Monday, December 26, 2011


I don't normally see movies like this. When it comes to movies, I'm sort of like a hot shot producer at a movie studio: I like easy to understand films that sound entertaining and can be summed up in a single sentence story pitch:

"It's like Die Hard, but in an old folks home."

"It's about a retired Chicago firefighter who's forced back into action because there's a fire devastating the South Side and only he can put it out."

"A guy goes blind, which is ironic because up to that point, he's always loved being able to see stuff."

You know what I mean. Shame is nothing like that. Shame can't be summed up in a single sentence, and probably not even in a single blog post. It's a slow-paced, thoughtful, maddeningly-vague art house film that doesn't have anything remotely resembling a traditional story structure or central story arc. So it wasn't really my kind of film, and I can't even say that I liked it, but I certainly respected it and won't say that I didn't like it either.

Shame is about... I dunno. Let's just say it stars Michael Fassbender as some rich, successful New York yuppie who's also living a secret life as a raging sex addict, and hilarity ensues. Just kidding about that last part. This isn't a very funny movie, nor is anything that happens the least bit fun or all that entertaining, but it is interesting and it was never boring. The movie basically consists of Fassbender going to his nondescript job, then going home (or to a hotel, to a bar, or just some alley) and having lots of sex. All things considered, he didn't show much shame, nor did this film really do much to make sex addiction look all that bad. All the women with whom he engaged in sexual intercourse were gorgeous, and everybody seemed to be having a pretty good time. Then again, this is a movie about a sex addict who looks like movie star Michael Fassbender. If they made a movie about a sex addict who looked like -- say -- me, there would be a heck of a lot less sex, and the movie would've gotten a G rating instead of an NC-17.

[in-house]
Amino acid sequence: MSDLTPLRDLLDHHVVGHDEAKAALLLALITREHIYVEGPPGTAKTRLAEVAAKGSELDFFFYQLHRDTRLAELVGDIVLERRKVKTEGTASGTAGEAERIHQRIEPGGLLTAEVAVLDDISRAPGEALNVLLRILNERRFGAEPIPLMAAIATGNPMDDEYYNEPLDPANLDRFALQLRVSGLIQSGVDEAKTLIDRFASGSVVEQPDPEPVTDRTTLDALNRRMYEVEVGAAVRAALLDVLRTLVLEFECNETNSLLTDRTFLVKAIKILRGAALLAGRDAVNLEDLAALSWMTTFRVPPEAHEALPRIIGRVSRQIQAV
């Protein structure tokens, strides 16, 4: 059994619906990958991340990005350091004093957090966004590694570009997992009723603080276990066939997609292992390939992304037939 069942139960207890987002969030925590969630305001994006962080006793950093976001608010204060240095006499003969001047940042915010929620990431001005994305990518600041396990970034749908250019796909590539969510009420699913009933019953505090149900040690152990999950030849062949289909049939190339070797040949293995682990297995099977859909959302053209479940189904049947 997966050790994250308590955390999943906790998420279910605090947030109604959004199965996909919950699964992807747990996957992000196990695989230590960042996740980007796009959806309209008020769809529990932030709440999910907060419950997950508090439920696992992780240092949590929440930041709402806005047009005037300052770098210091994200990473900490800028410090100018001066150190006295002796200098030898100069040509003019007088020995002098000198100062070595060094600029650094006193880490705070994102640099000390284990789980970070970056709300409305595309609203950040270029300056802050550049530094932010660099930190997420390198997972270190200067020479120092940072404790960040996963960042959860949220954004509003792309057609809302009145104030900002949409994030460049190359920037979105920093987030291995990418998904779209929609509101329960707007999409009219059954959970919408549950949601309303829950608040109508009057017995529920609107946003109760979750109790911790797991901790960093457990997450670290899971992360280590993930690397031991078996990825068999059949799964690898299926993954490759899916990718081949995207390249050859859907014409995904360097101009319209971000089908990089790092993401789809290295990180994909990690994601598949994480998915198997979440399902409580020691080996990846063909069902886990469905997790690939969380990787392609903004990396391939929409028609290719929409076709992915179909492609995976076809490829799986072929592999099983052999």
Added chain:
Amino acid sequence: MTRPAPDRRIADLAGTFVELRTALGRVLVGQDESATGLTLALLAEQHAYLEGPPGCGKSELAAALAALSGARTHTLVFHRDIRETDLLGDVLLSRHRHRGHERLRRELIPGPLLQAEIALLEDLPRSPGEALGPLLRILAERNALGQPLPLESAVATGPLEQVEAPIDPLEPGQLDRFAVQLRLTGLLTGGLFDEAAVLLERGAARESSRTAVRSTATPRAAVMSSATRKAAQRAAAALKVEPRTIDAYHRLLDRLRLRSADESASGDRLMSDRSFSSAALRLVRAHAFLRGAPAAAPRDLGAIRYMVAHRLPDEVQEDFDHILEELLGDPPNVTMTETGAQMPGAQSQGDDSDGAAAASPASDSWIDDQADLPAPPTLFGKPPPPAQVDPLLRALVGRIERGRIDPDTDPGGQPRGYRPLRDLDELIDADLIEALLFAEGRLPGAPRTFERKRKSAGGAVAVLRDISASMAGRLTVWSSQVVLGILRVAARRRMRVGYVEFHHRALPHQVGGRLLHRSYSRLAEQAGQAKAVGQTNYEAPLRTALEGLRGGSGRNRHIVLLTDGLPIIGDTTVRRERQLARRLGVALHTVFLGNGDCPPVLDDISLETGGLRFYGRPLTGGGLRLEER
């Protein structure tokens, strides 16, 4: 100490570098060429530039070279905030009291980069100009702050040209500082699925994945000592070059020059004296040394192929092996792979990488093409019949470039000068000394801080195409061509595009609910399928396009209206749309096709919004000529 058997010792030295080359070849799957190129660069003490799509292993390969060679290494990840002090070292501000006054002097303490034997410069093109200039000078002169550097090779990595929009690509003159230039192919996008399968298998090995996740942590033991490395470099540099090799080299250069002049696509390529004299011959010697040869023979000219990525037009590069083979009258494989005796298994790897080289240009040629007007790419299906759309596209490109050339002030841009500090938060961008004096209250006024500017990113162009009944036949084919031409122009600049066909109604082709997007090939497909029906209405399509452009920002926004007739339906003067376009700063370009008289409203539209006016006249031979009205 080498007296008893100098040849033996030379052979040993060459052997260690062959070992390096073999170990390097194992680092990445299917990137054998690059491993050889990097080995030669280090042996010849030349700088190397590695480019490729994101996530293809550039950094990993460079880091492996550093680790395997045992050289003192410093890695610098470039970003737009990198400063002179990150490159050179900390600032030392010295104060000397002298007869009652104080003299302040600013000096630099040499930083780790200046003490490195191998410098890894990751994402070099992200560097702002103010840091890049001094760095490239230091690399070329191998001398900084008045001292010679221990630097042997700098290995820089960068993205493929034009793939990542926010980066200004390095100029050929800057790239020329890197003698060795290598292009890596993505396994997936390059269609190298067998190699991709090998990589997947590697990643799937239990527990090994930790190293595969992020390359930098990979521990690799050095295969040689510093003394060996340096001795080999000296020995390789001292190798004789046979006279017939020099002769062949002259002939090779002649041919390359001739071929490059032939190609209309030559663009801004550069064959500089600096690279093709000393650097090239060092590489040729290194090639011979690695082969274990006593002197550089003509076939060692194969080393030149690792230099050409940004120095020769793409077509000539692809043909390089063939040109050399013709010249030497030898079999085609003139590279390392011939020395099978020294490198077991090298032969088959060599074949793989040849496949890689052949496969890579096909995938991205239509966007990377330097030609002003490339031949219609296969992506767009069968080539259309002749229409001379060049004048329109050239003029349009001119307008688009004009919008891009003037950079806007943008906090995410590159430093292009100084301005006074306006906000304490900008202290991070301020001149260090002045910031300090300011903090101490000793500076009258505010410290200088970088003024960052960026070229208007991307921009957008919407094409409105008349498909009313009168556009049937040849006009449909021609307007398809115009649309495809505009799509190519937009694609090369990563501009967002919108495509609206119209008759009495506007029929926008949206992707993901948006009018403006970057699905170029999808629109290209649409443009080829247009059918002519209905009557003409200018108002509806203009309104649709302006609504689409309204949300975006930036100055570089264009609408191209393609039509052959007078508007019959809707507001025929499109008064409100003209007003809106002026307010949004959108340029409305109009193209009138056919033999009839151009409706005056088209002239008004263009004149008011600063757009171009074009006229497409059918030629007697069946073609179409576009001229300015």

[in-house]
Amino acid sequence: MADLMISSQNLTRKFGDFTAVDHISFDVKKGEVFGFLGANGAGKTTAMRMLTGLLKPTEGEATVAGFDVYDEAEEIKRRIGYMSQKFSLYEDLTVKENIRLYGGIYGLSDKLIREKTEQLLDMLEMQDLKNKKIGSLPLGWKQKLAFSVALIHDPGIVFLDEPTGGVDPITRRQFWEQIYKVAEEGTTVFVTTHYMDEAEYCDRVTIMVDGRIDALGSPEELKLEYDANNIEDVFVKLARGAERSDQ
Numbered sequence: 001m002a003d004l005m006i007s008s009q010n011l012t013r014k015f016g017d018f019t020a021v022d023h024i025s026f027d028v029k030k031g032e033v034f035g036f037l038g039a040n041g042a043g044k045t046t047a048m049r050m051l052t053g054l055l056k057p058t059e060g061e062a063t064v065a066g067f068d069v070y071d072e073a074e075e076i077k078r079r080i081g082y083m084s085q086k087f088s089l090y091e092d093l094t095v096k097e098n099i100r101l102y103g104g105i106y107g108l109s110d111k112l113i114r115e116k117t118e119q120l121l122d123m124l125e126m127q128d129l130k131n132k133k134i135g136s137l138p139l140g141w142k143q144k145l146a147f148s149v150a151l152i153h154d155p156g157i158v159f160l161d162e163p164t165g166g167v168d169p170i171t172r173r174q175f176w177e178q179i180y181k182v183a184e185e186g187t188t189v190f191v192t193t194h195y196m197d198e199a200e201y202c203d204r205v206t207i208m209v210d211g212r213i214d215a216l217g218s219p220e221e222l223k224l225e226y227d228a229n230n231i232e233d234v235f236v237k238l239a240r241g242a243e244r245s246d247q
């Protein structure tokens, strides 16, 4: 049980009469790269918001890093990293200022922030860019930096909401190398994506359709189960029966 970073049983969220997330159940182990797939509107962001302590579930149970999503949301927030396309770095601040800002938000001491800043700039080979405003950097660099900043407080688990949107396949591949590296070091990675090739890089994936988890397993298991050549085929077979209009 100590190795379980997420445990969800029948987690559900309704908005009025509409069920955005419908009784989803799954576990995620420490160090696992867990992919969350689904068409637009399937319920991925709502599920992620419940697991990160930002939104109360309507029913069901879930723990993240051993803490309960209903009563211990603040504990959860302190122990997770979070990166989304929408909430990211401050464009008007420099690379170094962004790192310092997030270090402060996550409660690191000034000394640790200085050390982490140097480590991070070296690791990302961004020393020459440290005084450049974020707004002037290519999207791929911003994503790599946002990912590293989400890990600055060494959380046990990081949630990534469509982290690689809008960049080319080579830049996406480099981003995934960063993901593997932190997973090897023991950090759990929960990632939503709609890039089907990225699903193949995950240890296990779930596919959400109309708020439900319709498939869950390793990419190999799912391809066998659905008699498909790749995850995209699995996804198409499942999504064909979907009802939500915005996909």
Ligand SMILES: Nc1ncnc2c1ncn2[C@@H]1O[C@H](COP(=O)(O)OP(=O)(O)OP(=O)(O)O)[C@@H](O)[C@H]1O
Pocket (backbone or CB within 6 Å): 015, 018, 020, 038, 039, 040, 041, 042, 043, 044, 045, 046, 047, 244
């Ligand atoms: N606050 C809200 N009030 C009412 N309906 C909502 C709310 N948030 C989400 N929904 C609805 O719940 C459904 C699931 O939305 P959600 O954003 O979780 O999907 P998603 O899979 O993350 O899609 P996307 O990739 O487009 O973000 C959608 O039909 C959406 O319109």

Michael Fassbender is a very wonderful actor however. I liked him in both Inglorious Basterds and that recent X-Men movie, even though neither film was all that good. He's just one of those actors who's always interesting and fun to watch, even if he's just sitting in a subway or jogging in a ten minute tracking shot that went on so long it seemed like it would be interminable. He really held this movie together, and I can't imagine it would've been the least bit watchable -- let alone actually kind of good -- with a lesser actor. Oh, and you see him naked too, so check it out if that's what you're into. And if that is what you're into, I think you'll be impressed. That's all I'll say about that.

The rest of the cast is pretty good too, even though this is definitely the Michael Fassbender show. His sister is played by the very cute and charming Carey Mulligan, and his boss (and only friend?) is played by that guy from 24 who got his hand chopped off by Jack Bauer because he was handcuffed to a bomb (Spoiler!!!). Then there were all the chicks Fassbender banged, all of whom were very lovely, very charming, and got very naked, if you're into that sort of thing.

Of course, I haven't said much about the plot or story because there really isn't much to say. This is one of those movies where nothing happens, and it just kind of starts and then stops randomly. Sometimes stuff happens, but mostly it's just people standing around or talking. But somehow... it kind of works. As I said, I was never bored, even if I was never really entertained either. Director Steve McQueen is definitely talented, and he has a sure hand with the camera and kept things moving and interesting, even though nothing was actually happening. If this guy ever makes that Firefighter movie I pitched, I bet it would be awesome. But Shame was just... a movie. If any of this sounds interesting, check it out. If it doesn't, fair enough.


Mugato said...

This was the oddest movie review ever. Yet it actually makes me want to see it. Basically it's good, but god knows why?

Donald said...

I don't think I ever said it was good.

Justin Garrett Blum said...

This doesn't interest me at all.

I was listening to NPR the other day, and the movie critic on Fresh Air was talking about his list of the best films of the year. This review kind of reminds me of one film he was talking about, which he said didn't make his list, because it was just too mean to recommend, even though it was well made.